Theresa May could be forgiven for wondering, how does she solve a problem like Anna Soubry?
Sacked from the cabinet when May became Prime Minister following David Cameron’s decision to resign rather than see through the Brexit process (as he had promised), Soubry, the Tory MP for Broxtowe (a Leave-voting constituency), has been nothing but trouble ever since.
Anointed as the queen of Conservative “Remoaners”, Soubry has been called a traitor, accused of betrayal, and is said to have abandoned the Tories for the SDP when the going got tough in the 80s – a claim she denies.
Now, as the Prime Minister seeks with visible difficulty to hold her parliamentary party together, there is no one making that job harder for her than Soubry.
After the MP’s latest ranty outburst in a pre-recorded interview for BBC’s Newsnight, colleagues are asking if she needs help or should be cut loose as a counter-productive drag on the party’s ability to secure a Brexit it can sell to the British people.
For those who did not see the interview, Soubry argued that May is “in hock to 35 hard ideological Brexiteers, who are not Tories… it is about time Theresa stood up to them and slung ’em out.”
She continued: “If it comes to it, I am not going to stay in a party which has been taken over by the likes of Jacob Rees-Mogg and Boris Johnson… And if that means leaving the party, to form some new alliance, God knows, I don’t know… I’m not prepared to sit by any longer and put up with this nonsense.”
Of course, the Conservative party has not (yet) been taken over by Boris, Govey and the Mogg. But what if the clean Brexit they want is indeed the one we get – what then for Soubry? Does she back the government, whose platform she stood on only last year – or does she rebel and try to defeat the government’s central task?
Soubry believes she knows what true Conservatives are, and cited John Major and Cameron as great Prime Ministers brought down by right-wingers with the party.
Funny that – I thought the electorate lost faith in Major after his ERM-caused recession, and Cameron lost moral authority after losing the referendum.
To put this all in context, Soubry narrowly won re-election in Broxtowe in 2017 with 25,983 votes (46.8 per cent of a 75 per cent turnout), standing on the Tory party manifesto that clearly led with delivering Brexit, including leaving the EU’s Single Market and Customs Union.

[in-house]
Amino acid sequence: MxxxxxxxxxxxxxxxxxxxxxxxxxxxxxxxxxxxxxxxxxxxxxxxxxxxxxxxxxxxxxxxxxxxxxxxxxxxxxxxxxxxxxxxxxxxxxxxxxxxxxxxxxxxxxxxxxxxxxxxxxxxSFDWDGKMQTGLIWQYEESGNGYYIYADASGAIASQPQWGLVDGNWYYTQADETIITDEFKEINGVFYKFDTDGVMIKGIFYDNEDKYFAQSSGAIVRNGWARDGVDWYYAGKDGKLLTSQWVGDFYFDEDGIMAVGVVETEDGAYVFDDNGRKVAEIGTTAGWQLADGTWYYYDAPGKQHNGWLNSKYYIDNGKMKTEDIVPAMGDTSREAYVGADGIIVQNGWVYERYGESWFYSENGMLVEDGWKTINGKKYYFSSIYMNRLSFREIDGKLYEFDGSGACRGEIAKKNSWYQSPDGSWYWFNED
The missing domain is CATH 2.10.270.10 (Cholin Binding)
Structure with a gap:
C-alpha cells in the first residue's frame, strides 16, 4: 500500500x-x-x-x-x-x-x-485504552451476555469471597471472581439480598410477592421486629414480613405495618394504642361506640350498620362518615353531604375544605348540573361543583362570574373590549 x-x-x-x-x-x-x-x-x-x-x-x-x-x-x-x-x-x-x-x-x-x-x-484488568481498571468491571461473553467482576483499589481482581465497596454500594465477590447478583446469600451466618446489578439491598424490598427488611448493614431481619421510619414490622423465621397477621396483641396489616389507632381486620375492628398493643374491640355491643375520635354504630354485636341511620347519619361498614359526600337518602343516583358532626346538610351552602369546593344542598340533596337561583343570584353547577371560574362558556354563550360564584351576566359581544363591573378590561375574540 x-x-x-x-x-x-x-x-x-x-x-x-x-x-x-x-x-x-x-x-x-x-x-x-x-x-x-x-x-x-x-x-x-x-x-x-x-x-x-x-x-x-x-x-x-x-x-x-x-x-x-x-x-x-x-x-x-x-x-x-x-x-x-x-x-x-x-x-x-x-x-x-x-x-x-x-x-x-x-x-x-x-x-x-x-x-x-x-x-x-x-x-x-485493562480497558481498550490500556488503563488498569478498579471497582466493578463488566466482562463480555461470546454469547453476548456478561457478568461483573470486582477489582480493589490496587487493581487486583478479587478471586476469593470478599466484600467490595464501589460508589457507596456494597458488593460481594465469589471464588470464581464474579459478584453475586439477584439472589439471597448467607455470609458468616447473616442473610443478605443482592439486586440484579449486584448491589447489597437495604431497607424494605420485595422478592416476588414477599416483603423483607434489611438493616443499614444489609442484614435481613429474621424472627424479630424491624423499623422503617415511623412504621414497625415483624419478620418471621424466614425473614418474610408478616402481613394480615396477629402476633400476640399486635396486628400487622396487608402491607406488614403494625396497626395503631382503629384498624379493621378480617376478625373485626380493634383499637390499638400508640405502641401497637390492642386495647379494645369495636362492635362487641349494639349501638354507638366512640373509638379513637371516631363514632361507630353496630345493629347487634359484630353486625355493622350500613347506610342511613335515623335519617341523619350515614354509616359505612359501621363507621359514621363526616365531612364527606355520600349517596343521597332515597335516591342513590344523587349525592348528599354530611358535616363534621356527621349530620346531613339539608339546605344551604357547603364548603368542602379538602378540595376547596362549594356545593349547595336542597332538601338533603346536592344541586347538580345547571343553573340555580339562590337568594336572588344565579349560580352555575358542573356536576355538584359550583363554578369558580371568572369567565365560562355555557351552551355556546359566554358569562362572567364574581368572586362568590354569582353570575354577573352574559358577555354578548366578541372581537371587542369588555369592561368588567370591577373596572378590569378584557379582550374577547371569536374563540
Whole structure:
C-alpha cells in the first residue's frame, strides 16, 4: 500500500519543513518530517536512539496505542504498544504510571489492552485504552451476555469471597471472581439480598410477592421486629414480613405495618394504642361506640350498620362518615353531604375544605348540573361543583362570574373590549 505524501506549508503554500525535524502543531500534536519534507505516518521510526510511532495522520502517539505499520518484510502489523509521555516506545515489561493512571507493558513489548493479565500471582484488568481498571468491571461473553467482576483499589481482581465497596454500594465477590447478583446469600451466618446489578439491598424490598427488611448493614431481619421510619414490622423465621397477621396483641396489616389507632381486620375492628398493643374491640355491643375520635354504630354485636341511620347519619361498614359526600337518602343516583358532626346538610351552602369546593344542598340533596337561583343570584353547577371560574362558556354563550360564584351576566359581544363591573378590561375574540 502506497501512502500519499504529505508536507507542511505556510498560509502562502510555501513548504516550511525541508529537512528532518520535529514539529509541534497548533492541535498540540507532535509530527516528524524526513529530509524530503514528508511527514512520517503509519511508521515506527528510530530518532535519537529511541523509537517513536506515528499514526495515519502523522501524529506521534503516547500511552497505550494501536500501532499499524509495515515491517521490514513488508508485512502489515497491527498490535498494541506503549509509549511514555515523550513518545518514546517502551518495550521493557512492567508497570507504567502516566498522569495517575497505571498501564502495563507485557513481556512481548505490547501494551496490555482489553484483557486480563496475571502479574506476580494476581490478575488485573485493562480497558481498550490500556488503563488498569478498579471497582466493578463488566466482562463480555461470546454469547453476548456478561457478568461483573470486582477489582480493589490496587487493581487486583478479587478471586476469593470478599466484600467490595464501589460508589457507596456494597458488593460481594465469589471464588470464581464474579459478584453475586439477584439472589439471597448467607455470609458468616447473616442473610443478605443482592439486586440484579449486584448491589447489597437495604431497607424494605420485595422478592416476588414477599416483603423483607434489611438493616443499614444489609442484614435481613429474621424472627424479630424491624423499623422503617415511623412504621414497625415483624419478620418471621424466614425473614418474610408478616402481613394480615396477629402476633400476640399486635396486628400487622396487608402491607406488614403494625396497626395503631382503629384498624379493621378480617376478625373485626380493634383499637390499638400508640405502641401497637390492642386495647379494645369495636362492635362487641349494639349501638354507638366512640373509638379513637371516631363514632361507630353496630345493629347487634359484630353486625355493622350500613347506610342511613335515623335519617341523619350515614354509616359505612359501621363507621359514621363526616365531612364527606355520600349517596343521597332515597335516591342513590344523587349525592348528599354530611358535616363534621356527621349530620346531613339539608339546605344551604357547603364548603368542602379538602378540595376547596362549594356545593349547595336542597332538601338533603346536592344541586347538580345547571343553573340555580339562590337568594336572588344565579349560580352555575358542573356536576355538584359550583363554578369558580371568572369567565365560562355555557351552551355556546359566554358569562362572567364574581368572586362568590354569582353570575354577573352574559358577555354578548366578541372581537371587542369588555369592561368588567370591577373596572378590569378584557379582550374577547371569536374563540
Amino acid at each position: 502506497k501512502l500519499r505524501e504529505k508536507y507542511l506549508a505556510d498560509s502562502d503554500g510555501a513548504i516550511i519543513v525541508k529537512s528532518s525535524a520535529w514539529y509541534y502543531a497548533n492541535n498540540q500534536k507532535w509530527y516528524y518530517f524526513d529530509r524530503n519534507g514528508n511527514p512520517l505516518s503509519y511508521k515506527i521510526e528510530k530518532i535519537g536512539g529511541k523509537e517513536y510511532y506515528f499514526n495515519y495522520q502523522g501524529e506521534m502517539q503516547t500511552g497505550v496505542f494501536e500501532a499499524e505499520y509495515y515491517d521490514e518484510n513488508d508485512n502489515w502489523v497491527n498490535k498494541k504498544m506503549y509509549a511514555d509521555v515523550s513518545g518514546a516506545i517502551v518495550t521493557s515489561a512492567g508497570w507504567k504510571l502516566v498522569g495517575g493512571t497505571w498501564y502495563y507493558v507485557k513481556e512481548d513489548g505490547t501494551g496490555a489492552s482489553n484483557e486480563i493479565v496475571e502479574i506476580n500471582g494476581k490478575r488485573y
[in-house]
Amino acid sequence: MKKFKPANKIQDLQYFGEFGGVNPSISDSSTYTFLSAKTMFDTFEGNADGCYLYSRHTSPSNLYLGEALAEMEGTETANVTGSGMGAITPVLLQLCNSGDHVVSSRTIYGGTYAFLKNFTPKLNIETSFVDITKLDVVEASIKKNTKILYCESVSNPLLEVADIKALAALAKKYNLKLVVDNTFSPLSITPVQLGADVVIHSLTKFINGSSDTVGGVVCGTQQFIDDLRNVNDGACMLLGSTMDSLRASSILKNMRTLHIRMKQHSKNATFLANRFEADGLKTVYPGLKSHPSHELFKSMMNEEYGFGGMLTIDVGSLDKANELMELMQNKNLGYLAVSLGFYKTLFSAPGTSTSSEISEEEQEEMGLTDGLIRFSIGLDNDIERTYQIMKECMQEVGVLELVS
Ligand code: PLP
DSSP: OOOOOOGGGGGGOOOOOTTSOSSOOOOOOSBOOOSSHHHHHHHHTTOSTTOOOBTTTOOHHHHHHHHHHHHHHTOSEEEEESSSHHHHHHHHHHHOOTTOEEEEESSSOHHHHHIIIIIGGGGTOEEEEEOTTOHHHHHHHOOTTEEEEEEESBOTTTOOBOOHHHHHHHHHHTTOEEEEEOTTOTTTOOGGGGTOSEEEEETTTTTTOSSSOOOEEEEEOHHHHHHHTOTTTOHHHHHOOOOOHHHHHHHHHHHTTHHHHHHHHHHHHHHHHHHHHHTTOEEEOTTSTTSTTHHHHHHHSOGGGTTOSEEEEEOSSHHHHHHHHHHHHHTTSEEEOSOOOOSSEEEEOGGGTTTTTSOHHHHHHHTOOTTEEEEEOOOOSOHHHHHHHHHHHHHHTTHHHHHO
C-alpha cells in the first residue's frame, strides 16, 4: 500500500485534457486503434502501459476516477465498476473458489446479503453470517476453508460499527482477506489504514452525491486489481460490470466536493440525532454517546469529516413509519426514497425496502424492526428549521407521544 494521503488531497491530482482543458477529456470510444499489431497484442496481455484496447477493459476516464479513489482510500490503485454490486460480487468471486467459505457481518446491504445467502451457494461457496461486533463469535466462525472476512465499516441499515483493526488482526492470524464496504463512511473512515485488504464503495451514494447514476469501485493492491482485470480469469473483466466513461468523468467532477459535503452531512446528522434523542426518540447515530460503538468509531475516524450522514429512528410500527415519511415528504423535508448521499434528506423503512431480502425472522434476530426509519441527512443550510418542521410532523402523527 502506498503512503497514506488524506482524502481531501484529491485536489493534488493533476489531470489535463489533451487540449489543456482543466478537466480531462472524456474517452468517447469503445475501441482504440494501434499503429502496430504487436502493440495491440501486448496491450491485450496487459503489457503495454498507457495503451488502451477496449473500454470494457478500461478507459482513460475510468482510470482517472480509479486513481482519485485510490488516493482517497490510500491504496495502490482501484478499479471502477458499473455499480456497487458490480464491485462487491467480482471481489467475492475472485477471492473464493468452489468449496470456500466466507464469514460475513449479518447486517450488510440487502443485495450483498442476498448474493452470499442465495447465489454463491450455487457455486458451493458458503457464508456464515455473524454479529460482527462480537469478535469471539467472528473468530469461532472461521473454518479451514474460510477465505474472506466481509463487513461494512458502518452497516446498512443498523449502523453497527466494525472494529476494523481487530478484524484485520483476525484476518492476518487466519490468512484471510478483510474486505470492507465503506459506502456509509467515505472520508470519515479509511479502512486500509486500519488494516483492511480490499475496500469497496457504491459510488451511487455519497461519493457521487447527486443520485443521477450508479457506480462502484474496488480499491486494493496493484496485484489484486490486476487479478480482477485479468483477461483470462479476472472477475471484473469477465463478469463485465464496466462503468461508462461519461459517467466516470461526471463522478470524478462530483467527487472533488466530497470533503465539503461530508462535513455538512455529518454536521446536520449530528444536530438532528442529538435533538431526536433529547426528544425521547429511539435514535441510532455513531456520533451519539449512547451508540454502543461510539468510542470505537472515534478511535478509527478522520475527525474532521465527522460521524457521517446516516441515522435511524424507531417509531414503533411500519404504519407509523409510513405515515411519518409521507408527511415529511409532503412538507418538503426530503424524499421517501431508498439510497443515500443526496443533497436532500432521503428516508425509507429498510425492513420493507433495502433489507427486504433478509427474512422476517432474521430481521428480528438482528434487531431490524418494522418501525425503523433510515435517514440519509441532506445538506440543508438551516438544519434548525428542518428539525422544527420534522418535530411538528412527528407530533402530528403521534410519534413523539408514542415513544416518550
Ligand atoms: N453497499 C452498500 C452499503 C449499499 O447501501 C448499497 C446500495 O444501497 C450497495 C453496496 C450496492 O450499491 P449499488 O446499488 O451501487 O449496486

Back in 2016, Leave won Broxtowe with 35,754 votes (54.6 per cent of a 78 per cent turnout).
Soubry clearly does not have a mandate for attacking the government or trying to stop Brexit, so what options are available to May?
The first is – obviously – to do nothing. Is the best policy not to leave the gobby MP to make herself unpopular and a greater figure of fun? Surely no one could make Soubry more ridiculous than herself? After all, she at least shows how the PM is trying to steer a balanced course.
And if Soubry does rebel to prevent the government delivering Brexit, will her constituents not get rid of her themselves?
The second option is to take her back into government to buy her silence. Soubry might refuse, of course, but that could be made public to emphasise her party disloyalty, putting her in deeper difficulty with Conservative supporters in her constituency and beyond.
The third is to call Soubry’s bluff. If she’s that convinced about repudiating the platform she stood on and opposing her constituency’s wish to leave the EU, let her do the decent thing and “do a Carswell”. Call on her to resign her seat and fight a by-election – by herself or for a new party she might care to establish.
Labour would believe it could win, and with a split Conservative/ Soubry vote, Jeremy Corbyn would most likely gain an MP.
But would that be such a loss if Soubry threatens to regularly defeat the government anyway? With every rebellious vote, Soubry weakens her own position.
Fourth and finally, the whip could be removed, and it could be made known that a new Tory candidate for Broxtowe will be adopted at the next election.
It’s all very well making arguments that question the detail of government bills, but deliberately causing mischief and fomenting division has its limits.
“How do you solve a problem like Anna Soubry?”
Sister Theresa might try singing those words in her bath while she ponders Soubry’s fate….